RHA’s development of a decarbonisation roadmap hopes to address concerns over the lack of a clear path to support the transition from diesel
It was interesting to read in routeone the Roads Minister acknowledging the similarities between coaches and HGVs in the context of net zero.
Richard Holden also says that coaches and buses are “different industries with different models”, which underlines the point – something our coach members have been saying for a long time.
This is a theme we’ll be talking about as we set out to develop a decarbonisation roadmap through our Net Zero Forum. We’re bringing together members, manufacturers and other stakeholders as we start that journey.
Coach operators and hauliers alike are increasingly frustrated at the lack of a clear path to support the transition from diesel. They need clarity and certainty to plan how they’re going to invest for the future. How will their vehicles be powered in the long term? What about the interim? What’s the charging/fuelling infrastructure going to look like as diesel phases out? Will it be sufficient? What support will government give businesses as they decarbonise?
Range remains a barrier for firms to invest in non-diesel vehicles. Many operators, including those doing long-distance journeys, will still be reluctant to make the move. Costs for new, non-diesel coaches are prohibitive, and the infrastructure to power them too little and far between. This is a double whammy for SMEs unsure of what to do next.
But, despite a lack of clarity from government which has set ambitious net-zero targets but has yet to articulate how we’re going to get there, the penny might be dropping.
It looks like our coach members’ voices are starting to get through.
For an industry which has been perennially ignored and misunderstood, it’s reassuring that the minister recognises that coaches and buses operate differently. He gets it that coaches, like trucks, don’t necessarily return to depot overnight. There’s an acceptance that coaches will follow HGVs on the decarbonisation journey rather than buses, which are further down the net zero road.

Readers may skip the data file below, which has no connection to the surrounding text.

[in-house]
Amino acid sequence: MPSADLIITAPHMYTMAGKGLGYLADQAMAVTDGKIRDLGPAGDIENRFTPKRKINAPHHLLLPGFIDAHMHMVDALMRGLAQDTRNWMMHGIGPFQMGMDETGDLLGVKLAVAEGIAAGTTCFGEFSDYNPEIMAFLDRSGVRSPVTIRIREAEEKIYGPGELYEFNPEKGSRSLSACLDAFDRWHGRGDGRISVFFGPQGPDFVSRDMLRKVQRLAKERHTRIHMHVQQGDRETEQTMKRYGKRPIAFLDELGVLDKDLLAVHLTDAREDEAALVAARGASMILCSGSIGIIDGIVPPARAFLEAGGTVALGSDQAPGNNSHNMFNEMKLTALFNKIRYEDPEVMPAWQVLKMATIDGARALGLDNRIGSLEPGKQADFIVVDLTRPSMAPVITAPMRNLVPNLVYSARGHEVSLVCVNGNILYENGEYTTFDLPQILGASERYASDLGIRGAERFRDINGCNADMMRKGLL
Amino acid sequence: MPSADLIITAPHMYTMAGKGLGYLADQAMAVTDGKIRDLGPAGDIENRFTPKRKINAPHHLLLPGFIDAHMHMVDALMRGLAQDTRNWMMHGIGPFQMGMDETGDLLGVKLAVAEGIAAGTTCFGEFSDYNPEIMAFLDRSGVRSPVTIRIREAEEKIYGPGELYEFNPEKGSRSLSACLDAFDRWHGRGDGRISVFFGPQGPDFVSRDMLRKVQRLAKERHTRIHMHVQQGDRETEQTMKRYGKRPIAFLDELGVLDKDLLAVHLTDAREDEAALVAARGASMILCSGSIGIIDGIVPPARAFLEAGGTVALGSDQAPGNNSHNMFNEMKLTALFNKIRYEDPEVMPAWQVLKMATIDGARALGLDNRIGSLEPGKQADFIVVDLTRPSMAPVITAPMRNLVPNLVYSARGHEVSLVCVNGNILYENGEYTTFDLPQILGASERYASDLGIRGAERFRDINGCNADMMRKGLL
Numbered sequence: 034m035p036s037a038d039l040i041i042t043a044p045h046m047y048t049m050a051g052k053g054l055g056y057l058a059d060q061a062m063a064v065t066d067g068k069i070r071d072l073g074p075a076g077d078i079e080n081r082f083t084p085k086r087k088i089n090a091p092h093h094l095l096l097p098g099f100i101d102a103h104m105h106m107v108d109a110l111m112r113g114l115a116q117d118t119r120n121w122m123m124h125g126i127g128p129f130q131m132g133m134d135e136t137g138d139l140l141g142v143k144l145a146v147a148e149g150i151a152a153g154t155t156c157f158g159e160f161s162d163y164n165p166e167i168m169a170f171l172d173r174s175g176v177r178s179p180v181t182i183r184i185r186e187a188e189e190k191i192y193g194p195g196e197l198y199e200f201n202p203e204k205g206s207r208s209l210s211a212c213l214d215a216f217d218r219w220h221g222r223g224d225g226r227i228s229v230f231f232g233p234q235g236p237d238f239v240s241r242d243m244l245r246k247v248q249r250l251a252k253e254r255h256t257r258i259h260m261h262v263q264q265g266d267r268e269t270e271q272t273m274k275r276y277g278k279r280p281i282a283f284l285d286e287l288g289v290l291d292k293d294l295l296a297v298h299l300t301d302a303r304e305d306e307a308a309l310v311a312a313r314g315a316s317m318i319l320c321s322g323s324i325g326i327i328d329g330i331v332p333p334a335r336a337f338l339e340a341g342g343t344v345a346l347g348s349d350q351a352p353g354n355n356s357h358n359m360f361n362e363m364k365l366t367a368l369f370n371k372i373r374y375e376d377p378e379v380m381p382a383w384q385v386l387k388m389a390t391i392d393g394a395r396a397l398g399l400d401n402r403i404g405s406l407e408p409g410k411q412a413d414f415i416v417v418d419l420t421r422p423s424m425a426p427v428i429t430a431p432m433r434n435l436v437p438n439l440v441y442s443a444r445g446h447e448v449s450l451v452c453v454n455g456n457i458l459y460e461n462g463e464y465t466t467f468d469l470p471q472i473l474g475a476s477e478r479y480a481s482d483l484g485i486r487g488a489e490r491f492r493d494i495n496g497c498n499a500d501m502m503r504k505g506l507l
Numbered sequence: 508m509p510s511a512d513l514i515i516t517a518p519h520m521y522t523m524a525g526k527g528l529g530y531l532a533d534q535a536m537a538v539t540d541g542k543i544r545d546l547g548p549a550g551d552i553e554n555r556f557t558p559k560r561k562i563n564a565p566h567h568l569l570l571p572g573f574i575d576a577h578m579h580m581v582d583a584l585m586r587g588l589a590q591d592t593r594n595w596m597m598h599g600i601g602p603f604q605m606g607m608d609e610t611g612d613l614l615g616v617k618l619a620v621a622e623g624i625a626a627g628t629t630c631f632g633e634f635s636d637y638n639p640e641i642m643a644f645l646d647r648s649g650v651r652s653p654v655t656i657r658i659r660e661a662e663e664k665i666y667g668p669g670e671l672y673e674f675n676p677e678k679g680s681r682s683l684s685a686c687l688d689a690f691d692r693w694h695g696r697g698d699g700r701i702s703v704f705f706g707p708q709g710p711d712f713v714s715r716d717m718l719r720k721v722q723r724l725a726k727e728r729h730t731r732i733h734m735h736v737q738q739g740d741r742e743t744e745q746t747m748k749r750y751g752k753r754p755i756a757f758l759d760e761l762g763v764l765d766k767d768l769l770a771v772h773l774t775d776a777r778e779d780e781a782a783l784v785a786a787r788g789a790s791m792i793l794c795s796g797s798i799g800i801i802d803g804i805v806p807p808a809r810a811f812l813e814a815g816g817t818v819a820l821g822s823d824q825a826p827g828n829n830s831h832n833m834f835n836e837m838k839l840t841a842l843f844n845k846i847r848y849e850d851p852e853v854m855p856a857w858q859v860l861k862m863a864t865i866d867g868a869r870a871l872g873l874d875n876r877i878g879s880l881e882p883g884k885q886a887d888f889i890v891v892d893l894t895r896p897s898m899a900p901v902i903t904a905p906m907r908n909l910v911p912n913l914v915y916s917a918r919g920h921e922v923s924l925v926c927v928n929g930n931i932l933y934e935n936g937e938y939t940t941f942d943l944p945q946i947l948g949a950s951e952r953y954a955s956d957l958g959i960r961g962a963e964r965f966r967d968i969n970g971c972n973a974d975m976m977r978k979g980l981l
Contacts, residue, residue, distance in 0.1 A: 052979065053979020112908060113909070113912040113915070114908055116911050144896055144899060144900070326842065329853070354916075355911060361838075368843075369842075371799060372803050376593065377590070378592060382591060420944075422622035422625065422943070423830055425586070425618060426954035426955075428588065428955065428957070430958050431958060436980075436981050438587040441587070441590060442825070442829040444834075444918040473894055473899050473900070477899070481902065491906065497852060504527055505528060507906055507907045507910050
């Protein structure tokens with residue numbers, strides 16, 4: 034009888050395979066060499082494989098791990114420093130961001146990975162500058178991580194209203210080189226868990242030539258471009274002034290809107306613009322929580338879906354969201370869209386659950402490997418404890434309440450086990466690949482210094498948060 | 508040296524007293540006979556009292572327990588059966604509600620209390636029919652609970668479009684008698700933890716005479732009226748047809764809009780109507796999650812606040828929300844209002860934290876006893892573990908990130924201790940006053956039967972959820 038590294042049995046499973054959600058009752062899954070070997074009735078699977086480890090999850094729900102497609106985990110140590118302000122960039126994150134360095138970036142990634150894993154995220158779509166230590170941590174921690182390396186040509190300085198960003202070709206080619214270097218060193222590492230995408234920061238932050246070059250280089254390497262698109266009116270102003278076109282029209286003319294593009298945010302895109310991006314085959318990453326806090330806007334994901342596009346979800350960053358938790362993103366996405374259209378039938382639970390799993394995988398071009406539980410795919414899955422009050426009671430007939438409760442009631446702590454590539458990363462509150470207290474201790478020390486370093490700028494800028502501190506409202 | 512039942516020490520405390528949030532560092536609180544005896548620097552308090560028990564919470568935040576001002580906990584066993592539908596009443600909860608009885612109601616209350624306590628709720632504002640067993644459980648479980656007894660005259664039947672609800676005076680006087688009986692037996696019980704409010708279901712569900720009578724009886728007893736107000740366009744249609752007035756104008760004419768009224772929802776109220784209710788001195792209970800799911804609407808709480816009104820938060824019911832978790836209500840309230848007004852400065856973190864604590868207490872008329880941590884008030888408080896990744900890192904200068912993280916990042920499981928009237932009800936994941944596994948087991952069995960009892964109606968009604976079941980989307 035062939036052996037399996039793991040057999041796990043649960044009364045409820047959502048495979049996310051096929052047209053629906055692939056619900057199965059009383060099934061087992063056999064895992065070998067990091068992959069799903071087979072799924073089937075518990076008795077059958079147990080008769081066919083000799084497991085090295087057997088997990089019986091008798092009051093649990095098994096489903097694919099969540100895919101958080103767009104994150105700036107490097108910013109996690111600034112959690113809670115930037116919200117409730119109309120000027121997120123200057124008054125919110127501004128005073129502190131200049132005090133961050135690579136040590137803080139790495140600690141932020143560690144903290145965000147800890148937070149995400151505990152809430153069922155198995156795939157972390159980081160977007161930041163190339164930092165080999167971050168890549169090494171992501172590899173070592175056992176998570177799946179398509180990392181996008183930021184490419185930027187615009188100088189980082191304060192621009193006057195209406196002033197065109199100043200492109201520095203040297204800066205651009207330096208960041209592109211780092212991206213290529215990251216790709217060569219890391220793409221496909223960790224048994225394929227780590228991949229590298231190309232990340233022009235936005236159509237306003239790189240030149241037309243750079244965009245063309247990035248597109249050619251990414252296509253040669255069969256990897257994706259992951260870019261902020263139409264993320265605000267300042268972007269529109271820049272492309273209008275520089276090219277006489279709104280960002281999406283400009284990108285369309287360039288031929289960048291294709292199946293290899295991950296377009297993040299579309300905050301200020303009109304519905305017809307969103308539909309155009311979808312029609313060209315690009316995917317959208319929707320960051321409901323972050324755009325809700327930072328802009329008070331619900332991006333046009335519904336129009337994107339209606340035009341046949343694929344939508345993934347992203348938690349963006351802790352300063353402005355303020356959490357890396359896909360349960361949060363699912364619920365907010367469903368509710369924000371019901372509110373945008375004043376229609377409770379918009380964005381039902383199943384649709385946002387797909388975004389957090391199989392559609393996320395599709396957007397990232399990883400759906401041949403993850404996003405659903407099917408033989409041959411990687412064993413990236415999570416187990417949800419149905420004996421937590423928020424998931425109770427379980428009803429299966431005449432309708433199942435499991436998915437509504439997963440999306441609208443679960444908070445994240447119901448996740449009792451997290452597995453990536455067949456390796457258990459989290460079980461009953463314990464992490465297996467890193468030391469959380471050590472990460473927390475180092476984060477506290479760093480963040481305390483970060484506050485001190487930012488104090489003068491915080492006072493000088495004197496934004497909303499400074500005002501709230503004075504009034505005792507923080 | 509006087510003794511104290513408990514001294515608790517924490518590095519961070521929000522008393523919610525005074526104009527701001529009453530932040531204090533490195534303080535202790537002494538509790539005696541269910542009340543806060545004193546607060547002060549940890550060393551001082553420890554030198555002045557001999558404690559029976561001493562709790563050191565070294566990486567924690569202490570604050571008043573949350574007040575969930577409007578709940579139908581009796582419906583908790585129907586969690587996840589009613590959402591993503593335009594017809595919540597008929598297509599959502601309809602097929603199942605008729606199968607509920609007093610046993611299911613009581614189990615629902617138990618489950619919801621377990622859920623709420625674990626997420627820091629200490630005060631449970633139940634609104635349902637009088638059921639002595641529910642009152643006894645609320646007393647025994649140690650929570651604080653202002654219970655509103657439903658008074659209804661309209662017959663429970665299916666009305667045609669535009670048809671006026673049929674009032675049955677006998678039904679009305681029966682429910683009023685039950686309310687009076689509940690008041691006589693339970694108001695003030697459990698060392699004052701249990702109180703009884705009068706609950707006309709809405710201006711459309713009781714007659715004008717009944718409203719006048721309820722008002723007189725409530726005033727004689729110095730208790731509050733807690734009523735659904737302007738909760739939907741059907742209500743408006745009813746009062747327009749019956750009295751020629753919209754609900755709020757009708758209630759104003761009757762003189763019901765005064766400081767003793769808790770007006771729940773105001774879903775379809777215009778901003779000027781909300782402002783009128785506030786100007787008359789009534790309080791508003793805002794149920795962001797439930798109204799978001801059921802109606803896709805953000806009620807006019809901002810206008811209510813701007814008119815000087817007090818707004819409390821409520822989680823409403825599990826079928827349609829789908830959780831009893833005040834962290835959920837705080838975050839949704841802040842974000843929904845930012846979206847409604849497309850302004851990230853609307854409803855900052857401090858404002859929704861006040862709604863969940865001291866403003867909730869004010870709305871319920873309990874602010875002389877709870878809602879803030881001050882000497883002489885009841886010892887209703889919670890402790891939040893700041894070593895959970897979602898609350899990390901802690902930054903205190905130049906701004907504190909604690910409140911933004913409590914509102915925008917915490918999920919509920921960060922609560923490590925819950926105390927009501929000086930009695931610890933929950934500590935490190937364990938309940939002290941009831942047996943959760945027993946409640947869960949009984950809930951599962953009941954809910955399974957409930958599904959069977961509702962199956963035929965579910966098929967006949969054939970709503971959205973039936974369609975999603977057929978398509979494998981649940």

But there’s much more we need to do to. We must continue pushing the point that coach travel is one of the lowest emission forms of long-distance and international travel, comparable to rail travel. Government must learn from the policy mistakes such as the Clean Air Zone framework which disproportionately hits larger vehicles and fails to adequately target emissions sources.
In practical terms, the market for low-emission coaches is still in its early days. One of our asks of government is to increase the availability of low-carbon alternative fuels and help coach operators support our shared environmental and air quality goals.
The industry needs actions to stimulate the development of battery-electric and hydrogen fuel cell-electric coaches, with a focus on the distinct role coaches play compared to buses and other vehicles.
There’s a long way to go. Firms aren’t getting the clarity they need, which is why we’re taking the initiative through our Net Zero Forum, starting this month. Our members have been frustrated for too long, but we’re positive. Helping government to understand the needs of operators is key to addressing them – and Mr Holden’s comments are encouraging.